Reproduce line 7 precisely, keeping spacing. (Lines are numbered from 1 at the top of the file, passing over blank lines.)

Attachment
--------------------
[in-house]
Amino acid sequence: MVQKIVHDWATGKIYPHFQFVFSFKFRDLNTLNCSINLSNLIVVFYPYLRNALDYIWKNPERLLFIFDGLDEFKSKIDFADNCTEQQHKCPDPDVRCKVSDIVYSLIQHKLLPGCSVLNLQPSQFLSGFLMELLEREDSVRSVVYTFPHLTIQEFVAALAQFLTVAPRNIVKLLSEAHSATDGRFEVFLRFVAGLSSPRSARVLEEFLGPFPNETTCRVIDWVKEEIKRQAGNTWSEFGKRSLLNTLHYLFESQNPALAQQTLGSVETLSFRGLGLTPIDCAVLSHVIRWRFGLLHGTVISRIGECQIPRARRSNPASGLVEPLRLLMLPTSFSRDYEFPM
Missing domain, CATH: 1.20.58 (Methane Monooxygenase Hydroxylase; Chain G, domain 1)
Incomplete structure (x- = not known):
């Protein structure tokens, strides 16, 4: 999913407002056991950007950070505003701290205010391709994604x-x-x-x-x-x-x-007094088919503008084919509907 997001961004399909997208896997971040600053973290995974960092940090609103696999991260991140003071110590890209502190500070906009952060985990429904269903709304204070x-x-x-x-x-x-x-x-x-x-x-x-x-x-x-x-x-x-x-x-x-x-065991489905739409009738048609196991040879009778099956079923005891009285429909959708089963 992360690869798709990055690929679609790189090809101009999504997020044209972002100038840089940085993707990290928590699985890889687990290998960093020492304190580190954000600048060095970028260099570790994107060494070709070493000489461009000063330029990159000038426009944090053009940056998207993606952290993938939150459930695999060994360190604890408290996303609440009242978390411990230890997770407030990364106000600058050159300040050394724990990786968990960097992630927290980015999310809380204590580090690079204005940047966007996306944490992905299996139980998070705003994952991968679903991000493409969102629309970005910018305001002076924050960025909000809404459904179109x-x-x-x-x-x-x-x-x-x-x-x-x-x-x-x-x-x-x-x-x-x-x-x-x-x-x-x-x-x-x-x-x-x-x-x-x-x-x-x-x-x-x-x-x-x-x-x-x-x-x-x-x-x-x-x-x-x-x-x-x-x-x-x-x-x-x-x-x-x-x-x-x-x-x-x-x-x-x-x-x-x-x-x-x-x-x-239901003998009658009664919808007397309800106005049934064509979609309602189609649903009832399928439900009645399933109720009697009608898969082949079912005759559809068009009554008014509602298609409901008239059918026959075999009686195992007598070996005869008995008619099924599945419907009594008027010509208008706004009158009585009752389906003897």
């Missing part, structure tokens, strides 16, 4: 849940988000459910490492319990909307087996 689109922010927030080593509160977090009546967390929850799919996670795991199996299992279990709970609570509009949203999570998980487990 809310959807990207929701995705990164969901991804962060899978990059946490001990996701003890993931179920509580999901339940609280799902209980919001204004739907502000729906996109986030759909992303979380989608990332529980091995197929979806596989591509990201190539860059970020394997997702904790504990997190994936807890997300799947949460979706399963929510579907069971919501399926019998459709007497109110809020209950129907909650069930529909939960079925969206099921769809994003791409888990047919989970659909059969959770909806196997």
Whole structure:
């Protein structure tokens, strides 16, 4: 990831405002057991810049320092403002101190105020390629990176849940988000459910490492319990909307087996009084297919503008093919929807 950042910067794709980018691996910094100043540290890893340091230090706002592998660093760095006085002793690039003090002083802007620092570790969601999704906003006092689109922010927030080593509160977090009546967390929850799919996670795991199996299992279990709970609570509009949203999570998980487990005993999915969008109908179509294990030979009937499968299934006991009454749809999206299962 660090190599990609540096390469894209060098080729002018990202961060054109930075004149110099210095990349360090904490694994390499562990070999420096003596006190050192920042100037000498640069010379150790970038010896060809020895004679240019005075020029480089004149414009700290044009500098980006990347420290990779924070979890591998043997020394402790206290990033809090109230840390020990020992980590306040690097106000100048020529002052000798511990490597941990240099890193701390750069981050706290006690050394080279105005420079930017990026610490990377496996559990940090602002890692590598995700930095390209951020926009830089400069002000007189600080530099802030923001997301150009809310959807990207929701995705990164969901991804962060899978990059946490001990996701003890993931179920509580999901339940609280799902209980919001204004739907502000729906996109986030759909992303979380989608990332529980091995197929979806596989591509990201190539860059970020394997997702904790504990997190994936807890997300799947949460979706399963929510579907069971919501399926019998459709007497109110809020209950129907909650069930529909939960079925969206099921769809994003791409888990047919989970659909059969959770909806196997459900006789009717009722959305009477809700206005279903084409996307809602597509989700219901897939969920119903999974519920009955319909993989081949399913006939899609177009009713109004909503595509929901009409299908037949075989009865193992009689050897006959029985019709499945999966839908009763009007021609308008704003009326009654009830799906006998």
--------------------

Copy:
Whole structure: